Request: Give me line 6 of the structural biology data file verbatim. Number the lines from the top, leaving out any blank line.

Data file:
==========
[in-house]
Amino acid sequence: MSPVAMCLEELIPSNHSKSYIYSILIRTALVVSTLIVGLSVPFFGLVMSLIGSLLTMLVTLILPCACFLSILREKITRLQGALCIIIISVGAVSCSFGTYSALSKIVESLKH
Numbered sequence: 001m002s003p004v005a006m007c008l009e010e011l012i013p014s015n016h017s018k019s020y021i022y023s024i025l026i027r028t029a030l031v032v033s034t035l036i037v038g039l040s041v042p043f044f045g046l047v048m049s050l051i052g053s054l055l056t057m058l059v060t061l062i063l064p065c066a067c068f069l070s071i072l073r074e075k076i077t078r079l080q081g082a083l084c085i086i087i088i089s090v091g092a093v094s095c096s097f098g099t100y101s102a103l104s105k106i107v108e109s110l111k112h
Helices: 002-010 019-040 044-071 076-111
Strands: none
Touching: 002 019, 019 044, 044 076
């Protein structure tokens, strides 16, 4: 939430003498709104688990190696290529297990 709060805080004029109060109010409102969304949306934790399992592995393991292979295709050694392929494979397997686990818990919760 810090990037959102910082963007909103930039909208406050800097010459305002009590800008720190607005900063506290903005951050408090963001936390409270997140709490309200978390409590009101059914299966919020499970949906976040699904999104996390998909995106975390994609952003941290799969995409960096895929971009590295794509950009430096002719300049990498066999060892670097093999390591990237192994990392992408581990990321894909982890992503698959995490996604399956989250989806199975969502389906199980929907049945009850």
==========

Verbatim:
Touching: 002 019, 019 044, 044 076